KAY HAGAN AND IMMIGRATION: Two years ago, Sen. Kay Hagan was among five Democrats who joined Republicans to defeat an immigration reform effort. Now, some of those same Democrats from conservative states could be pivotal to the success of a broader overhaul of the nation’s immigration laws, political analysts say. Supporters for immigration feel they can get enough Democrats to pass the bill that would grant a path to citizenship for the nation’s 11 million illegal immigrants.
GREEN ENERGY INVESTMENT TOPS $1B: Investment in renewable energy and efficiency grew 13-fold in North Carolina between 2007 and 2012, totaling $1.4 billion in that period, says an analysis commissioned by the N.C. Sustainable Energy Association. Overall, it said, the state policies driving that growth contributed $1.7 billion to the gross state product including secondary benefits. That figure includes the costs of construction and state incentives, the impact on utility customers, energy efficiency benefits and the reduced energy generated by traditional technology.
The analysis was done by RTI International, a nonprofit research institute based in Research Triangle Park, and Boston energy consulting firm La Capra Associates. The Sustainable Energy Association advocates for green energy. Its release comes as state legislators consider changes to two key policies that are widely credited with creating new markets for solar, wind and energy efficiency.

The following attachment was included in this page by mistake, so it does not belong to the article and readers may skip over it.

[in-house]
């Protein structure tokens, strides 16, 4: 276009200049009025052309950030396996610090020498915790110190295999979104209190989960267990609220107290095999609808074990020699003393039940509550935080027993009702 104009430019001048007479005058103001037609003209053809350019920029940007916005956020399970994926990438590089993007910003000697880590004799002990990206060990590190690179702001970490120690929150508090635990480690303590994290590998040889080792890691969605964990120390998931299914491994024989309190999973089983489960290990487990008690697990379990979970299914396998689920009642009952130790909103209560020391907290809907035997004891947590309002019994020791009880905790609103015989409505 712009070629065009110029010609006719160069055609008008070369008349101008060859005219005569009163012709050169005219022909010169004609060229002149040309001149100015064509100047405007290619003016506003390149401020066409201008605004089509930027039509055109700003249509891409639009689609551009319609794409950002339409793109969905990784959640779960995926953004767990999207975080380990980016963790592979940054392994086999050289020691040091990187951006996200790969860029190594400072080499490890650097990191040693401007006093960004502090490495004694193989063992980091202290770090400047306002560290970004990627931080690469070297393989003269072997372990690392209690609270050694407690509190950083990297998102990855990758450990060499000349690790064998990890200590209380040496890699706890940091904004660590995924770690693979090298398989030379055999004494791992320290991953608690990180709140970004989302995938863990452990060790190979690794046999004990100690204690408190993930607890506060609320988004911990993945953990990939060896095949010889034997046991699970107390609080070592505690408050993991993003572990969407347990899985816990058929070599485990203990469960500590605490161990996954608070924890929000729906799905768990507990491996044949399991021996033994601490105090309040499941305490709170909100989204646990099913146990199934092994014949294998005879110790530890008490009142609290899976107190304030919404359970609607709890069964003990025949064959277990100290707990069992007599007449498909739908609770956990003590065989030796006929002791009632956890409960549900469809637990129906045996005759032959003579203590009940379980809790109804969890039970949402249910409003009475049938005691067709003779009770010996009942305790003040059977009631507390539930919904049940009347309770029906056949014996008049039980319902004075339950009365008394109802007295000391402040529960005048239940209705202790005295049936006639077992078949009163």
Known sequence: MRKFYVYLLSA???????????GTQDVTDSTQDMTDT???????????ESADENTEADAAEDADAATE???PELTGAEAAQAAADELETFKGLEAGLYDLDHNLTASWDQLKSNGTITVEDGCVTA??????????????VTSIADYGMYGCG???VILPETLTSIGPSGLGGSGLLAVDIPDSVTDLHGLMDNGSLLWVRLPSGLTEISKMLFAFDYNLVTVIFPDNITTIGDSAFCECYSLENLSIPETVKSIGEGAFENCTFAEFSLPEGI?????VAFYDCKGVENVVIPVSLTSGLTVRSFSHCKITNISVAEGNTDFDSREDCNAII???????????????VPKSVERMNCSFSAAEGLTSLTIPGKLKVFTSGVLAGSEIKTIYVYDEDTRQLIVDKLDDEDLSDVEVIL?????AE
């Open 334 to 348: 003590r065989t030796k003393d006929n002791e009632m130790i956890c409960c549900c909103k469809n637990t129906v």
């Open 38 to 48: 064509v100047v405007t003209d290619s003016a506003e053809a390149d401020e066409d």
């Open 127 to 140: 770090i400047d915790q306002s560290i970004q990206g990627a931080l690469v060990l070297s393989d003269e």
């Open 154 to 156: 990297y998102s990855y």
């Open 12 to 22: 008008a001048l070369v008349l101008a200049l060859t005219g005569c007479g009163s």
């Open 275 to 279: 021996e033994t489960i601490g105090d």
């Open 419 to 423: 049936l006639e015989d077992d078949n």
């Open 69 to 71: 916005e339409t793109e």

TATA CLEANING HOUSE AT DOT: Transportation Secretary Tony Tata is quickly removing top secretaries. And not all are happy about it.
LAWMAKERS TO CONSIDER TANNING RESTRICTIONS: Studies that show strong links between tanning beds and skin cancer have prompted state lawmakers to propose making indoor-tanning salons off limits to anyone under age 18. The bill, slated to go before the House Health and Human Services committee Tuesday, would limit tanning-bed services to adults, doing away with current rules that permit those ages 14 through 17 to tan with parental permission. “The numbers are very convincing that sun exposure carries a cancer risk, and people under 18 seem to be more vulnerable than older folks,” said Republican Jim Fulghum, a co-sponsor of the bill and a Wake County neurosurgeon.